By Jim Schutze
By Rachel Watts
By Lauren Drewes Daniels
By Anna Merlan
By Lee Escobedo
By Alice Laussade
By Scott Reitz
Nicholas Broomfield's biggest asset is his ability to keep a straight face. The British documentary-maker's several films about transgressive women--Heidi Fleiss: Hollywood Madam; Aileen Wuornos: The Selling of a Serial Killer; and the new Kurt and Courtney, which despite its title is thematically about Courtney Love--are thrilling tabloid rides and distracting intellectual puzzles. In each, Broomfield flaunts his dogged reportorial instincts, a subversive and mischievous documentary style, and a world-class nerviness.
But overarching all is his talent for questioning everyone-- fools, the powerful, and even the dangerous--with a straight face. His normal interviewees are so rattlingly weird that it takes a true aberrant--the aging El Duce, the blubbery, decrepit leader of a disgusting L.A. porn-metal band called the Mentors--to finally give him pause. Near the end of Kurt and Courtney, the singer tells Broomfield that Courtney Love had offered to pay him $50,000 to "blow Kurt's head off with a shotgun." El Duce is an obvious moron and a patent liar; and Broomfield finally, rather wanly, cracks a smile.
Kurt and Courtney is a vastly entertaining, deeply flawed movie that begins by spending 20 minutes or so establishing the sainthood of the late Kurt Cobain, the better to set up its real intent, a haphazard but biting attack on Love. Broomfield talks to a resentful old boyfriend and her malevolent father, spends oodles of time speculating whether she had Cobain murdered, and stalks her with a zeal that will disturb even those who think celebrities deserve what they get. A minor and unconvincing subtext implies that Love was working behind the scenes to deny him financing to complete his documentary. The film climaxes as Broomfield mounts a podium at an American Civil Liberties Union awards dinner to denounce Love for threatening journalists.
Broomfield's smile at El Duce was the rueful one of a reporter whose story doesn't pan out, but it's also a rare moment in which he breaks character. The force of his movies is the way he maintains his clarity of tone. His shtick is to portray himself as a low-budget seeker of truth: microphone harness over a T-shirt, hair tousled, a faithful camera following along unblinkingly. He sets up his films in broad portentous tones, and then makes the rounds of the players, explaining to viewers that he "doesn't know what the story is," zeroing in on this issue or that, blandly dispensing cash and asking blunt questions of an impressive array of freaks.
He tries to include footage of both the beginning and end of each interview. The idea seems to be to convey the impression that viewers are seeing every bit of information he has; he wants us to know that he's operating under only the knowledge he generates on camera.
His cinematics are now set as well: the recurring placement shots through a car window; the driving shots of a pensive Broomfield puzzling out this or that matter; the use of particularly ludicrous footage from local TV reports; and his amusing tendency to barge through doors. The hokey, cinema verite-esque realism contrasts sharply with his extreme subject matters and their attendant hallucinogenic qualities; in this context, he's a voice of reason, trying to shed light on our age's weird penumbral vortex of media and celebrity.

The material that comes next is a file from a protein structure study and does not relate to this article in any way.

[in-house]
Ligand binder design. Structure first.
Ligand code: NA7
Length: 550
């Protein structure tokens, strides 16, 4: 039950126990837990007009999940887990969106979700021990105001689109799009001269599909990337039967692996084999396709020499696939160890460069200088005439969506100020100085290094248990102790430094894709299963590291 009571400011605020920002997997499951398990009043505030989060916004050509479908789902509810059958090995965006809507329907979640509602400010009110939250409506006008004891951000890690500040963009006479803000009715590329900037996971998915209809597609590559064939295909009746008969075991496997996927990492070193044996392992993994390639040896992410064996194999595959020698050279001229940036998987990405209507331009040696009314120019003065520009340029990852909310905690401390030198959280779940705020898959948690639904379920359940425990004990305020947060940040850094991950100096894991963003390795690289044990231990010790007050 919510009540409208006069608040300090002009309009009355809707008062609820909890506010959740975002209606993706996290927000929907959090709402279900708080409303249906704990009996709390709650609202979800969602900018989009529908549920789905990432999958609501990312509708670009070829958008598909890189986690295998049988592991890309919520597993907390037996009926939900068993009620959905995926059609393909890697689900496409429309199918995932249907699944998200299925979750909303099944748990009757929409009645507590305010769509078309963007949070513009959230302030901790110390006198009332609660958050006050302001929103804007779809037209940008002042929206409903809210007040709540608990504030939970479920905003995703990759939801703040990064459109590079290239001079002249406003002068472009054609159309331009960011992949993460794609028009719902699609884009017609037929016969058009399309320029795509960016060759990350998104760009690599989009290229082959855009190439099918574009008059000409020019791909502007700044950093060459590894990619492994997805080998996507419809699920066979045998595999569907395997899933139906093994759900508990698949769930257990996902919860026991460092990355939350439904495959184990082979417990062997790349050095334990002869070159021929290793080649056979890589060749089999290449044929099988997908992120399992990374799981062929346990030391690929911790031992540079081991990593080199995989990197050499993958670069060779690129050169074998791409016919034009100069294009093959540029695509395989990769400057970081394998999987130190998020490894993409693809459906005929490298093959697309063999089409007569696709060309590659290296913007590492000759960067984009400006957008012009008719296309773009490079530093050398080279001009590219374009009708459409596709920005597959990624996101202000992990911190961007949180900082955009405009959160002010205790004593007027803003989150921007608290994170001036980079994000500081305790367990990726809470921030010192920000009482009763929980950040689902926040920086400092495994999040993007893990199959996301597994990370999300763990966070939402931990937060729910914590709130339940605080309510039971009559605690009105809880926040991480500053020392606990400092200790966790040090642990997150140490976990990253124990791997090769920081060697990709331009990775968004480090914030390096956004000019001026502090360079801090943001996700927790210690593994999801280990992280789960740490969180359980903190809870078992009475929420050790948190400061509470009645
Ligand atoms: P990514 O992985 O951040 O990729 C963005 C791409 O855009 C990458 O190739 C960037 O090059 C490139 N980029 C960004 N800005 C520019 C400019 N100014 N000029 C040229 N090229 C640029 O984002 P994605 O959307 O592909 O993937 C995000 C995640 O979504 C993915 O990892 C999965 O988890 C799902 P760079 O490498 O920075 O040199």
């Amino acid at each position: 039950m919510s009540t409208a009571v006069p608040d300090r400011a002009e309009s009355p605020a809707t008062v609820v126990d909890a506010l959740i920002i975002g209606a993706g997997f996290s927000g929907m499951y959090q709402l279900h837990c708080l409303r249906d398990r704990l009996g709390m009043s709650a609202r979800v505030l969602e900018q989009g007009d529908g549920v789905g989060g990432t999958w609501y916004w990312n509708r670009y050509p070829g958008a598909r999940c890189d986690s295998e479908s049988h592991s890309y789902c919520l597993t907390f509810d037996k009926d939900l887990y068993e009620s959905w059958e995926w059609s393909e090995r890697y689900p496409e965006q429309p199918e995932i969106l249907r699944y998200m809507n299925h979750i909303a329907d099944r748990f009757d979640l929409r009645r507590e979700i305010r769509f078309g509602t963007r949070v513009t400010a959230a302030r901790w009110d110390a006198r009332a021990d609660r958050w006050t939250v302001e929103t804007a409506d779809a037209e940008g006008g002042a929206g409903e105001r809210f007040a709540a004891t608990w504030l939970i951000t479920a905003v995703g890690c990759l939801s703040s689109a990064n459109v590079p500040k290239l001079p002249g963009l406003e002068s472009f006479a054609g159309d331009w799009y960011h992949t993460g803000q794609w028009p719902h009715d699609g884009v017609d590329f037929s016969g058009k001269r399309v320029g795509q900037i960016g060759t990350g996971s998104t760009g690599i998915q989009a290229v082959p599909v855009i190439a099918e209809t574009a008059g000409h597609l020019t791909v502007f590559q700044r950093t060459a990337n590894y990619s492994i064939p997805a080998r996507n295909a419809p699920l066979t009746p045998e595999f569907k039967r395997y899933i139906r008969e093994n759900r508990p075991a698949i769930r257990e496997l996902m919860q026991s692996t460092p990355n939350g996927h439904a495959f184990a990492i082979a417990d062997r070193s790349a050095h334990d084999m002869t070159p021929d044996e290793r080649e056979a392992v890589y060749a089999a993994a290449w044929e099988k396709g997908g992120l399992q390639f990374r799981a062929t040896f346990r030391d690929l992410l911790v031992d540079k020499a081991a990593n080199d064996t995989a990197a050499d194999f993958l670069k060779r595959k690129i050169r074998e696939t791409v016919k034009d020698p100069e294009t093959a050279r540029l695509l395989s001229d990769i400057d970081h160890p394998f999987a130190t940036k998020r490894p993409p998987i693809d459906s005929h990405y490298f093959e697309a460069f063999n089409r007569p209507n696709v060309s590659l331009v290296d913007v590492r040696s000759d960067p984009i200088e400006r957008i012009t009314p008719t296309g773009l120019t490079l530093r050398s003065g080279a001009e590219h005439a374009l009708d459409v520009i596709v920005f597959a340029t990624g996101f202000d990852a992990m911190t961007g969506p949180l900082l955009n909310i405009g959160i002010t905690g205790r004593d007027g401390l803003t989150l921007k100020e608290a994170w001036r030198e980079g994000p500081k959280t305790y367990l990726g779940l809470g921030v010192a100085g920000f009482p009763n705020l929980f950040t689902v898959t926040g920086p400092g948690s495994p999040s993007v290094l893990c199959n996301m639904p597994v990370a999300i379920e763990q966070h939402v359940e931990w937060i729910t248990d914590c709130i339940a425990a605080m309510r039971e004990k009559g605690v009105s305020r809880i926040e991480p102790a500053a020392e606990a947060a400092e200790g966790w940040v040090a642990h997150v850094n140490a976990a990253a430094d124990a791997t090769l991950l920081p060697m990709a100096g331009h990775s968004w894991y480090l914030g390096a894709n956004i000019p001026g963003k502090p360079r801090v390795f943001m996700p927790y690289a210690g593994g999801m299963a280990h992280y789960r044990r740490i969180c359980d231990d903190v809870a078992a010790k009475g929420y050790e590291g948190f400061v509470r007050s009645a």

At the same time, he's a tabloid Dadaist, reveling in incongruity, absurdism, contradiction, and self-consciousness. His movies are specifically about the process that went into making them. In his bustling, unwavering seriousness, breathless reportage, and threadbare approach--as he blandly questions charlatans or bursts into the wrong apartment--lies a potent critique of Big Media pomposity.
The puzzle of Broomfield's work is how much of this is sheer gall and how much is a glancing postmodern commentary on the tangled, impenetrable aesthetic of late-20th-century mass media. Is he a grubby exploiter, hiding tabloid values under a veneer of indie-film accoutrements? Or is he an amused provocateur blithely producing unstable constructions whose only point is to display their own unreliability? It's possible that the conceptual peak of his previous works comes near the end of Hollywood Madam. He finally gets Fleiss on camera, only to get distracted by an argument about his own professional legitimacy with a local TV reporter, a marvelous look into the maw of media self-absorption.
One clue is that with Broomfield, trying to understand how a particular interview is supposed to read requires an intense assessment of his attitudes toward both journalism and documentary filmmaking. Both professions have a lot invested in the integrity of the filmed image; but Broomfield delights in filming liars whose serene faces and wide-eyed protestations are eerily reminiscent of the faces--of politicians, victims, TV reporters--we see on the news each night.
In Broomfield's hands the camera can be both merciless and provocative; it can't produce truth, but it can induce a dialogue that might lead to it. When it works, it's a startling display of filmmaking power. Courtney Love's rebarbative and disturbing father makes his last appearance in the movie with a frightening, out-of-control rant against his daughter. But then at a certain point he says words to this effect: "But it doesn't matter how much LSD she takes or how much cosmetic surgery she has, I know who she is." It's a frightening thought, but wasn't he suddenly saying something that makes sense? And from there it's not much of a jump to think that Courtney Love is probably her father's daughter. The result is as damning a moment as the film can produce.